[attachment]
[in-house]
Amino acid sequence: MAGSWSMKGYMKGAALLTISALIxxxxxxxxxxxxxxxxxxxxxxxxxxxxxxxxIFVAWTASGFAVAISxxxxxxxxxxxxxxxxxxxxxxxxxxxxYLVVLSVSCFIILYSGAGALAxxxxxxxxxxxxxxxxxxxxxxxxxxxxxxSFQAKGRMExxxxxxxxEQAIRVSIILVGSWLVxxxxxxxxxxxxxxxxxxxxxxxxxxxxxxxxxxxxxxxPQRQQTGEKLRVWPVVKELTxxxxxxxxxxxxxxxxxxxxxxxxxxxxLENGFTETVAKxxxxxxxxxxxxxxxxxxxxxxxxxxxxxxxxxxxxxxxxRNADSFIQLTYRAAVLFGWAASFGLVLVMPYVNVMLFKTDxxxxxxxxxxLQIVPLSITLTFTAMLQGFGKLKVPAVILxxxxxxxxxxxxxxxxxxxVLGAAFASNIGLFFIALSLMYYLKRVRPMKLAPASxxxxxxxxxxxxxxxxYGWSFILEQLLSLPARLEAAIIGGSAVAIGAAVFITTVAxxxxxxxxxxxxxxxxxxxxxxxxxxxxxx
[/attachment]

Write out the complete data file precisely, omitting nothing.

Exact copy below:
[in-house]
Amino acid sequence: MAGSWSMKGYMKGAALLTISALIxxxxxxxxxxxxxxxxxxxxxxxxxxxxxxxxIFVAWTASGFAVAISxxxxxxxxxxxxxxxxxxxxxxxxxxxxYLVVLSVSCFIILYSGAGALAxxxxxxxxxxxxxxxxxxxxxxxxxxxxxxSFQAKGRMExxxxxxxxEQAIRVSIILVGSWLVxxxxxxxxxxxxxxxxxxxxxxxxxxxxxxxxxxxxxxxPQRQQTGEKLRVWPVVKELTxxxxxxxxxxxxxxxxxxxxxxxxxxxxLENGFTETVAKxxxxxxxxxxxxxxxxxxxxxxxxxxxxxxxxxxxxxxxxRNADSFIQLTYRAAVLFGWAASFGLVLVMPYVNVMLFKTDxxxxxxxxxxLQIVPLSITLTFTAMLQGFGKLKVPAVILxxxxxxxxxxxxxxxxxxxVLGAAFASNIGLFFIALSLMYYLKRVRPMKLAPASxxxxxxxxxxxxxxxxYGWSFILEQLLSLPARLEAAIIGGSAVAIGAAVFITTVAxxxxxxxxxxxxxxxxxxxxxxxxxxxxxx